Leigh Corfman and 3 other women claim that Roy Moore, a Republican in the special election in Alabama, came onto them as teenagers. The story was broke by the Washington Post this afternoon. In it, Corfman claims that Moore approached her in Etowah County, Alabama while she was sitting on a bench with her mother in 1979.
During the exchange with her mother, Corfman claims that Moore offered to watch young 14-year-old Corfman while the mother went inside a courthouse for a child custody hearing.
While he watched the young Corfman, he allegedly got her phone number. Days later, he allegedly picked her up and molested her.
“I wanted it over with — I wanted out,” she told WashPo. “Please just get this over with. Whatever this is, just get it over.”
The Washington Post adds, "three other women interviewed by The Washington Post in recent weeks say Moore pursued them when they were between the ages of 16 and 18 and he was in his early 30s." The other women are named as Debbie Wesson Gibson, Wendy Miller, Gloria Thacker Deason.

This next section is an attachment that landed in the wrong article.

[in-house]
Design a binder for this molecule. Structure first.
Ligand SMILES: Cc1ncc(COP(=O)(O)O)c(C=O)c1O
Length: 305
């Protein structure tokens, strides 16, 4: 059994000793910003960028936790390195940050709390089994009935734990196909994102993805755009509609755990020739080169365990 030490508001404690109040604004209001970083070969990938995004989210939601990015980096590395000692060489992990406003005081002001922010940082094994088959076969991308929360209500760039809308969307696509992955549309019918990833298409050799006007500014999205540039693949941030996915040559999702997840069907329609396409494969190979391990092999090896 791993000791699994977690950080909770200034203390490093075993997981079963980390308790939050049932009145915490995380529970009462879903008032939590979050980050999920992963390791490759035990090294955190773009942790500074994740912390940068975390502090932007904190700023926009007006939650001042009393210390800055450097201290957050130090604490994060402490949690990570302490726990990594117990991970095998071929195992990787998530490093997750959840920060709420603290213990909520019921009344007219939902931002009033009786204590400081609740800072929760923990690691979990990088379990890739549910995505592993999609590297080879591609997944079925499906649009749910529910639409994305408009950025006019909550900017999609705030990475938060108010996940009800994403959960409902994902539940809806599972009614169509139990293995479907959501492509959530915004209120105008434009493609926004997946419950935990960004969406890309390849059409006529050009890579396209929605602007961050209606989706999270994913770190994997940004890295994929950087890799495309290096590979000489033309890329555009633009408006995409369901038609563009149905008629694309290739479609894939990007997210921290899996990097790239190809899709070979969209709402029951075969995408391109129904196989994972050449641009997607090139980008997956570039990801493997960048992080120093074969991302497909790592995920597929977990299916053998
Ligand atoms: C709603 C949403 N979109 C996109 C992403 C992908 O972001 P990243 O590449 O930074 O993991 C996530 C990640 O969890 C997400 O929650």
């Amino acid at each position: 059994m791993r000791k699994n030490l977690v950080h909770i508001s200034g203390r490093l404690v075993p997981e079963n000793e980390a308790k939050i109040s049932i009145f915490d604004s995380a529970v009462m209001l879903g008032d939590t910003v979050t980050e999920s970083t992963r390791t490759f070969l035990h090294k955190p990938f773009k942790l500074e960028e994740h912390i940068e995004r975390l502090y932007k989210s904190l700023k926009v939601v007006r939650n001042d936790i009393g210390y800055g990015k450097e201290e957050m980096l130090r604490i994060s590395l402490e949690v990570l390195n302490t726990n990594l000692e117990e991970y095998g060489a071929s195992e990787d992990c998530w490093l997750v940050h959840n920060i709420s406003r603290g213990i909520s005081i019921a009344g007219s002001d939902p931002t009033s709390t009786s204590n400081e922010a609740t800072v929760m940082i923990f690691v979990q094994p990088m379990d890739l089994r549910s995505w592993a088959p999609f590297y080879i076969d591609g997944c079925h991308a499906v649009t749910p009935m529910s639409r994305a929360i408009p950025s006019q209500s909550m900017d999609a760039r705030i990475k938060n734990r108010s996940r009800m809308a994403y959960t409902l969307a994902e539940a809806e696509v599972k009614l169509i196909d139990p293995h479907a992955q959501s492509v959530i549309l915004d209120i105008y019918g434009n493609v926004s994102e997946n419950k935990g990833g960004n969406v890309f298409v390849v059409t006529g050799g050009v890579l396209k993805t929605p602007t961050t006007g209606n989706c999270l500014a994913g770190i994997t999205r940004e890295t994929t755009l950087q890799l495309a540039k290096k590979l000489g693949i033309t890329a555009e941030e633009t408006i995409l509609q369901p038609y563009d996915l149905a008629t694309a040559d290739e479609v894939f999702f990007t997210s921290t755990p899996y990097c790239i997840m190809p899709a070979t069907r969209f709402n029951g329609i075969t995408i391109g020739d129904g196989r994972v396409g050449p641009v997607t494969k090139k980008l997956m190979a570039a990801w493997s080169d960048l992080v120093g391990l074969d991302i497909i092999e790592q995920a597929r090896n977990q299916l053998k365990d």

Will Moore drop out?
Moore has released the following statement:
The December 12 special Senate election in Alabama is being held to replace Jeff Sessions, now attorney general. Moore defeated Senator Luther Strange, championed by Donald Trump, in the September Republican primary to advance to the December election. In December, Moore faces Doug Jones, who won the Democratic primary.
Moore is no stranger to controversy and has been removed from office before. He has been twice elected to and twice removed from the Alabama Supreme Court. He was removed from office for the first time in 2003 when he refused to remove the Ten Commandments from government property. He is also the founder and president of the Foundation for Moral Law.
However, other senators have chimed in. Lisa Murkowski, Republican Senator from Alaska, said:
Senate Majority Leader Mitch McConnell has also said Moore should step down if the allegations are true.